No matter how many mother/daughter corduroy jumpers my mother makes for herself and me, or how many times we bake Christmas cookies, or fry homemade doughnuts together, we are never destined to have the same body type or body image.
She has muscular calves from playing sports and wearing ballet pointe shoes. She has no ass and no cellulite on her thighs. What she does have is a belly, a broad rib cage, and two Jane Russell style breasts ala "Gentlemen Prefer Blondes." My mother is the brunette with hazel eyes, always ready with the funny comeback and the desire to have a good time.
One night, in her thirties, her bra strap breaks and her two girlfriends tell her she looks fine in her knit dress without the support of her bra, but she sits at Aunt Bonnie's table and sews the strap, so she can re-girdle those babies into their structured cotton restraints. On the beach, her bathing suits have boy pants at the legs or little skirts, but no matter what the body of the suit has, the bra has pointed cups that make her breasts reach their destination before she does.
When my father, kid brother and I are on the beach in Jersey, we are all built exactly the same from the shape of our feet to our shoulders—tall and lean. In contrast to Mom, my body from my teens until I start hitting the gym in my late twenties has little muscle. In my early thirties, my cousin Doug will drive past me on a street in Stone Harbor, N.J., slam on his brakes, and back up to tell me, "I would recognize those legs anywhere." Girls like me are bony and angular with little softness. My dad's older brother, Uncle Steve, calls me "6:00 o'clock."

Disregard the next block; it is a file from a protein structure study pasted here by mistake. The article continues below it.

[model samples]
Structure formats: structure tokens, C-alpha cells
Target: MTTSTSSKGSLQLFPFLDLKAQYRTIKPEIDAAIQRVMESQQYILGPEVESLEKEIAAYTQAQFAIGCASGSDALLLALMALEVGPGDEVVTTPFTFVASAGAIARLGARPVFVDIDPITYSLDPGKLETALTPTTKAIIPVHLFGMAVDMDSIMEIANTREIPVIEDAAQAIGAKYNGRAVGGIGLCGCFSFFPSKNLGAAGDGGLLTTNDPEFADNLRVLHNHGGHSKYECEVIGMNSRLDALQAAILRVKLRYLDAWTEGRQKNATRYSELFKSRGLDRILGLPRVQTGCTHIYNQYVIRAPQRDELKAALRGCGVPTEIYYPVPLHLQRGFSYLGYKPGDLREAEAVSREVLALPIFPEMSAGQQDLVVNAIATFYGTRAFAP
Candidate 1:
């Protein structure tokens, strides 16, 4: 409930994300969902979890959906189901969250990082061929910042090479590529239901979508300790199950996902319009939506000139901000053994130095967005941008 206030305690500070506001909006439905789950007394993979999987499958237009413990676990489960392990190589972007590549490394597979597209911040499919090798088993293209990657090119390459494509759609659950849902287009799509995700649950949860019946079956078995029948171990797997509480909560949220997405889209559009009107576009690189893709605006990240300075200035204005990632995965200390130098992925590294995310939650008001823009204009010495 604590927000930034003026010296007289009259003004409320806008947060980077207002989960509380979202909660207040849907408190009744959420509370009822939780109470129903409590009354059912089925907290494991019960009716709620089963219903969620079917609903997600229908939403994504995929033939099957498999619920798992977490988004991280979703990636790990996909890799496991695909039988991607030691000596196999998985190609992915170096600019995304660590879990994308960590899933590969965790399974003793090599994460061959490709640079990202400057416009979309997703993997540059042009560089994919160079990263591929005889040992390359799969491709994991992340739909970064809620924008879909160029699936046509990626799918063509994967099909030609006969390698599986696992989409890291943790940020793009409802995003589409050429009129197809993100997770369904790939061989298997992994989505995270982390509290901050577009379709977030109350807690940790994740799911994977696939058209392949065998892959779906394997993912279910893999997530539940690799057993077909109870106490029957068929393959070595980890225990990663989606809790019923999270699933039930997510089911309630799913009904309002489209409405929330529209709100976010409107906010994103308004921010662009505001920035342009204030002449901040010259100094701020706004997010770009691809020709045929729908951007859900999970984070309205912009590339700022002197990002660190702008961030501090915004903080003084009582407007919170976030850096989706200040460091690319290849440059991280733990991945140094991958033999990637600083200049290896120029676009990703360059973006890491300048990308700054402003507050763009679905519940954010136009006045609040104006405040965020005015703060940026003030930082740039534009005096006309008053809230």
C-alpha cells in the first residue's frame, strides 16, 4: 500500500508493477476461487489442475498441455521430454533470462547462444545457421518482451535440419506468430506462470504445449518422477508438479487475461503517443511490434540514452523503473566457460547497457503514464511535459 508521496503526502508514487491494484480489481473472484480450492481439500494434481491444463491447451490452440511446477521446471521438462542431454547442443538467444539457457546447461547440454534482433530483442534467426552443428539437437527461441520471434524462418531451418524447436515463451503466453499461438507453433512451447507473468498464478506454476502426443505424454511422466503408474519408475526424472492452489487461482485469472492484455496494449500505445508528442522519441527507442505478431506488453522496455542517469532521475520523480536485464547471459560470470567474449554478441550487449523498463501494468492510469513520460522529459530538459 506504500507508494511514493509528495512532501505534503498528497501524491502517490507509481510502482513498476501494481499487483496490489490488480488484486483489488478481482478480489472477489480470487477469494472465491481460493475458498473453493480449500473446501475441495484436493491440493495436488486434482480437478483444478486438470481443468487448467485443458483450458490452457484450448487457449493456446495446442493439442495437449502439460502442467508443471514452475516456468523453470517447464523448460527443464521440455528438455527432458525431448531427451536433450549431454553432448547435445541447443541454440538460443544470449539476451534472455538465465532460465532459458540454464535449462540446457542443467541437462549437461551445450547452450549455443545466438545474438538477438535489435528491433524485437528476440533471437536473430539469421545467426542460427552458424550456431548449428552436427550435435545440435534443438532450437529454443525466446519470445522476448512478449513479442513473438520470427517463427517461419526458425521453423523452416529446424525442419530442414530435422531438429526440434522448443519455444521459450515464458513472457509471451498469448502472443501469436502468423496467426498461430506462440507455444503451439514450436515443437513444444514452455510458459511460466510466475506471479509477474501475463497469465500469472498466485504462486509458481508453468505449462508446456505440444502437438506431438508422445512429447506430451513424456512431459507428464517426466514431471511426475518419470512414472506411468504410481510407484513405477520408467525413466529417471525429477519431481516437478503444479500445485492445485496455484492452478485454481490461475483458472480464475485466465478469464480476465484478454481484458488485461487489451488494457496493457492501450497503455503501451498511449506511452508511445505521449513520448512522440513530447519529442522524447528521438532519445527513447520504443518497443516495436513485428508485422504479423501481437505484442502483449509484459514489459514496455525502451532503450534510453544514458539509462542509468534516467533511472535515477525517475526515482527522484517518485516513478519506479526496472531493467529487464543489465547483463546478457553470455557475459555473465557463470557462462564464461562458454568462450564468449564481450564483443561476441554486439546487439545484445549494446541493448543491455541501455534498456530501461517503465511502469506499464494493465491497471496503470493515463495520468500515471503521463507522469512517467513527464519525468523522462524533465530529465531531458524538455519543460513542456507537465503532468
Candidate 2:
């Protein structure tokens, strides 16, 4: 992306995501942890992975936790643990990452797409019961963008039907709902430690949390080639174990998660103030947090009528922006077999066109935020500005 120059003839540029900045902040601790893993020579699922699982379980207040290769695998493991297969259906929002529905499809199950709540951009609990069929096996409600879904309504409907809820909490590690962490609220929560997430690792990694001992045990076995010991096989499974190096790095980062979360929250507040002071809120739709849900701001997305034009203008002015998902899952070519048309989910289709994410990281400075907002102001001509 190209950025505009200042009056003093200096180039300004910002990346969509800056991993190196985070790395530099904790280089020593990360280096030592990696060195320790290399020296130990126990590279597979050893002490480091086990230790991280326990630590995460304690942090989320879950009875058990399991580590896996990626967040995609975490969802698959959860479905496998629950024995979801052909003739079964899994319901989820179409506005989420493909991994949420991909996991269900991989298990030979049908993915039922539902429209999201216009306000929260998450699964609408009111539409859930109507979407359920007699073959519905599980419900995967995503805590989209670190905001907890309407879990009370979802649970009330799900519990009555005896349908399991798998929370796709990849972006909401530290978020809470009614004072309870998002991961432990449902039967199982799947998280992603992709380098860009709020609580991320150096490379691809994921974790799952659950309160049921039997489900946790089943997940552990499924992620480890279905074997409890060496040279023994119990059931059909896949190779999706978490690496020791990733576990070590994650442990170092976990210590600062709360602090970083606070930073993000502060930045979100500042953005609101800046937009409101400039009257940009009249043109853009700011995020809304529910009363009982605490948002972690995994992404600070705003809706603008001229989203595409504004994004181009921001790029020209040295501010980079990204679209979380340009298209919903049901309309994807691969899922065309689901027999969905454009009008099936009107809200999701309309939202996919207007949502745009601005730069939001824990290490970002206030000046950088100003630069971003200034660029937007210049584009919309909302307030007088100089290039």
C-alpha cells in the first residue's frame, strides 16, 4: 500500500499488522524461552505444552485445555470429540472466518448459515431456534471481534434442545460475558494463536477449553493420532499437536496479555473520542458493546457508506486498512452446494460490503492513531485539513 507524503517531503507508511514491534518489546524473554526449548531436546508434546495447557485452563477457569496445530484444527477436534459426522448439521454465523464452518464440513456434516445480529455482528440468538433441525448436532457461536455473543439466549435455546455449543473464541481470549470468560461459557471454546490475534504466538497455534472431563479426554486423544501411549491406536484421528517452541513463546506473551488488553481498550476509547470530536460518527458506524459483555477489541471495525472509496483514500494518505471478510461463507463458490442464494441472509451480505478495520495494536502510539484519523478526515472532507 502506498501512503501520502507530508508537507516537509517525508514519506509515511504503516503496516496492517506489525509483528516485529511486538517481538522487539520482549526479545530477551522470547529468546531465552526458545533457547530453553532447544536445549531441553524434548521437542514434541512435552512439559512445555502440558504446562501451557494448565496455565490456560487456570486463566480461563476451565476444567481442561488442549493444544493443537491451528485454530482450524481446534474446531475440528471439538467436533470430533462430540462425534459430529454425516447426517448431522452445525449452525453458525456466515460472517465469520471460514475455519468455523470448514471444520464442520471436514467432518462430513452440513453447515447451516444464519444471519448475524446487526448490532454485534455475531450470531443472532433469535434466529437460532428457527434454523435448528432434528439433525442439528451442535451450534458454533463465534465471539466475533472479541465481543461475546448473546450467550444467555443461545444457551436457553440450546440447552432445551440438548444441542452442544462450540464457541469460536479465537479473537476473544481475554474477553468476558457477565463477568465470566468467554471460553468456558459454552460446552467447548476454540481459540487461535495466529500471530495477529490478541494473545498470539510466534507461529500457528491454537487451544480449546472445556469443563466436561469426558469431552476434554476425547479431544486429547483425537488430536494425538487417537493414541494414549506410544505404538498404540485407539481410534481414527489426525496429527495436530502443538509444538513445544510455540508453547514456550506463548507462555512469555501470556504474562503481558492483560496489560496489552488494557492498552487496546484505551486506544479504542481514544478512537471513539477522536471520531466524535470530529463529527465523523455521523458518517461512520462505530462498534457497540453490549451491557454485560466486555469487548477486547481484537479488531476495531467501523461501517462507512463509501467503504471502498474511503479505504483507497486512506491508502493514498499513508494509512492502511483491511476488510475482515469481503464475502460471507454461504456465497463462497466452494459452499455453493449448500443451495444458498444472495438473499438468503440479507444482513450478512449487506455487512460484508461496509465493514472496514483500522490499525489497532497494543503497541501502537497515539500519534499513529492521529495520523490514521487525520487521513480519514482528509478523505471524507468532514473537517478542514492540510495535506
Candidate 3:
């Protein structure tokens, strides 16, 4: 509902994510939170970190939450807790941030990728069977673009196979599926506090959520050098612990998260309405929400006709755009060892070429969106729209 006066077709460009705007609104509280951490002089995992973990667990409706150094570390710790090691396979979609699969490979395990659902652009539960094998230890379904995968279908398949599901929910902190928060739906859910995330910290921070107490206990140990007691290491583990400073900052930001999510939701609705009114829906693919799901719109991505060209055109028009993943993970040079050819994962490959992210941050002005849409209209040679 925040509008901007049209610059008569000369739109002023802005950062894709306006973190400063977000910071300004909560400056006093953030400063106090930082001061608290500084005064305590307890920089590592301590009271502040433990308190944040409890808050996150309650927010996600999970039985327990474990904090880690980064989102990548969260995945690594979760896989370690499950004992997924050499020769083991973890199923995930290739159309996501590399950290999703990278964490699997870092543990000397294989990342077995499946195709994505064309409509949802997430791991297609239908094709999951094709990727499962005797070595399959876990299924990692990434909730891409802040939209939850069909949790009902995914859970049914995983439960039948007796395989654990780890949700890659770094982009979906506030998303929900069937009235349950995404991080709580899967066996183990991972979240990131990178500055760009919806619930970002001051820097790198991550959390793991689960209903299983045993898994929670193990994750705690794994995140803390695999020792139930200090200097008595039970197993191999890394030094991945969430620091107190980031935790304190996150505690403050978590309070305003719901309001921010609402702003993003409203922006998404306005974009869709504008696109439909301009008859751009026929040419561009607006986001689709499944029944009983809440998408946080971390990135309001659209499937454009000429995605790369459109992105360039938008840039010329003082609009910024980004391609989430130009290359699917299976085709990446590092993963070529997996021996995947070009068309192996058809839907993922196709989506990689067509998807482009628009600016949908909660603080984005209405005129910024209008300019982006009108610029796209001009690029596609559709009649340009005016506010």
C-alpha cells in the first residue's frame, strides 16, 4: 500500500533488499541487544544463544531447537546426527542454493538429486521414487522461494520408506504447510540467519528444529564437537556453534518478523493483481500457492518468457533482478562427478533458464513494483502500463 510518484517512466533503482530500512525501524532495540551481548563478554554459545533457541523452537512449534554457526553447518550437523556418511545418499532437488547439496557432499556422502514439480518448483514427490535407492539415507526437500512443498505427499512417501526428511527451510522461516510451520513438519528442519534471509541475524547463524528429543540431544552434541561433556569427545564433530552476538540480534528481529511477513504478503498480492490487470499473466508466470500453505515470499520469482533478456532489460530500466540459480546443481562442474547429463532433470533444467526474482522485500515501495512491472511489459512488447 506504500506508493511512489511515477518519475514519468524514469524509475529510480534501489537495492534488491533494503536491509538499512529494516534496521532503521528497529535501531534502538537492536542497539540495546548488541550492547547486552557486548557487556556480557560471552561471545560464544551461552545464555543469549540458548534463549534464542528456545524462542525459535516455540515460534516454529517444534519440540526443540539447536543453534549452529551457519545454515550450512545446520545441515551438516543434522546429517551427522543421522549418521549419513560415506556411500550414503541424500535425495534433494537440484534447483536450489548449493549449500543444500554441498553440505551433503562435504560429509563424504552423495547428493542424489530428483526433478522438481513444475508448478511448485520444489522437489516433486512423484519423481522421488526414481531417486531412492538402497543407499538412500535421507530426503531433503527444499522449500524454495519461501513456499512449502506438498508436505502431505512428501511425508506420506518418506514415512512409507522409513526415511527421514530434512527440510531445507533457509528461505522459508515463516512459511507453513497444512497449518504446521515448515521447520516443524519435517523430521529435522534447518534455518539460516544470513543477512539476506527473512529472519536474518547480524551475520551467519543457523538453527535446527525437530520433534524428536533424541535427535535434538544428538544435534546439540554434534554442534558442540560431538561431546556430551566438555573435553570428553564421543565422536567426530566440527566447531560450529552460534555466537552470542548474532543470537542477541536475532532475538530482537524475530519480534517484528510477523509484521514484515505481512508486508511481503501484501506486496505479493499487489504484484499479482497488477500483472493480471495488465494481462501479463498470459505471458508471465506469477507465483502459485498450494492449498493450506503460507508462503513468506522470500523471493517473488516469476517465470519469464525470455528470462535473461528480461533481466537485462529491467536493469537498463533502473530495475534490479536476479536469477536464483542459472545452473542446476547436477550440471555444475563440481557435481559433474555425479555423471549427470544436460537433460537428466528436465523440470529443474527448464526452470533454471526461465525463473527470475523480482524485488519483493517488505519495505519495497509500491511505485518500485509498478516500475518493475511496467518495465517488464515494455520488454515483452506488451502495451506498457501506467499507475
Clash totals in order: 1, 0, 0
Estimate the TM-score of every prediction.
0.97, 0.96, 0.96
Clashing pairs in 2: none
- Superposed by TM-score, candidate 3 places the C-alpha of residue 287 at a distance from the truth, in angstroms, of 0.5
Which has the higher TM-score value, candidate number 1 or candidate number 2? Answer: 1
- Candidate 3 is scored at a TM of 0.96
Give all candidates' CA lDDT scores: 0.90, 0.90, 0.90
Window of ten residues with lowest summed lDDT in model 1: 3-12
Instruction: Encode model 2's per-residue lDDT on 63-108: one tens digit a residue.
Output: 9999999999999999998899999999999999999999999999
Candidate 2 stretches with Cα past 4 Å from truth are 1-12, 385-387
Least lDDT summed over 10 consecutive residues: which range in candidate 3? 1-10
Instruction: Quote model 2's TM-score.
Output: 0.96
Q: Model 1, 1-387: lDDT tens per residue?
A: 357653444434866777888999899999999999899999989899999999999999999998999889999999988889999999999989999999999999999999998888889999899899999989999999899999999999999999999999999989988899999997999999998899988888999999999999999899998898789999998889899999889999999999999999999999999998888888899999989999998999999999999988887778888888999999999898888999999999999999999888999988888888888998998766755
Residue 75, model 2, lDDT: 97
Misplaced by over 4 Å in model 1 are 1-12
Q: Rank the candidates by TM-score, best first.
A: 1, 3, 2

In my teens, Mom often tells me I am built like the long-legged blondes my dad admires. She often limits herself to 900 calories a day, staring at cups of black coffee and hard boiled eggs. Dad tells her, "No matter how much weight you lose, you will still look big because of your rib cage. You can't move your bones, Phyllis." When Mom and I are playful, on the few days we speak to each other during my adolescence, she calls me "Band-Aids" and I call her "Balloons." Yet, I am oddly content with my B-cup breasts, but still never feel thin enough—Twiggy is my generation's role model, not Marilyn Monroe.
Of all her body parts, my mother is most proud of her breasts. She has nourished both my brother and I and even nursed a sick neighbor's baby with her abundant supply of milk. She loves being busty like popular movie stars and filling out her knit tops.
Then, one day when she is 57, she gets devastating news—she has breast cancer. Not only did cancer take her father from her at an early age, now she is going to lose the body part that symbolizes her womanhood. She has a mastectomy. For months before she has a tummy tuck and reconstruction, she wears bras stuffed with cut-up tube tops I buy for her at Target. Standing in her big white nylon underwear in her bedroom one day, she tells me as she reaches into the closet, "I will always have a flat stomach. Never again will I have a fat belly." She still has no ass and no cellulite on her thighs.
Seven years after her first surgery, she dies as the oat cell carcinoma in her lungs soon eats away at her brain, despite months of chemo and radiation that leave her bald and burned. She falls into a coma and the oxygen machine stops making noise as she lies in her bedroom in the house she bought new 41 years before. This is where she wants to die.
When I reach her age, I too am told I have breast cancer, despite the fact that we are not built the same, that I have waited until later to have children, and that I do not live her lifestyle of drinking and smoking and meat eating. Unlike my mother, I opt for bilateral mastectomy and have implants as reconstruction because I do not have enough belly fat to create one, let alone two, new breasts. I do not have cancer in any nodes, I am offered a newer generation of drugs and I have yet to suffer with chemo and radiation like she did with her lung cancer. I can now wear a bathing suit and the bra cups no longer indent inwards as a result of five years of breast feeding.
But, what I think about most often is that despite our physical differences, I am, indeed, my mother's daughter.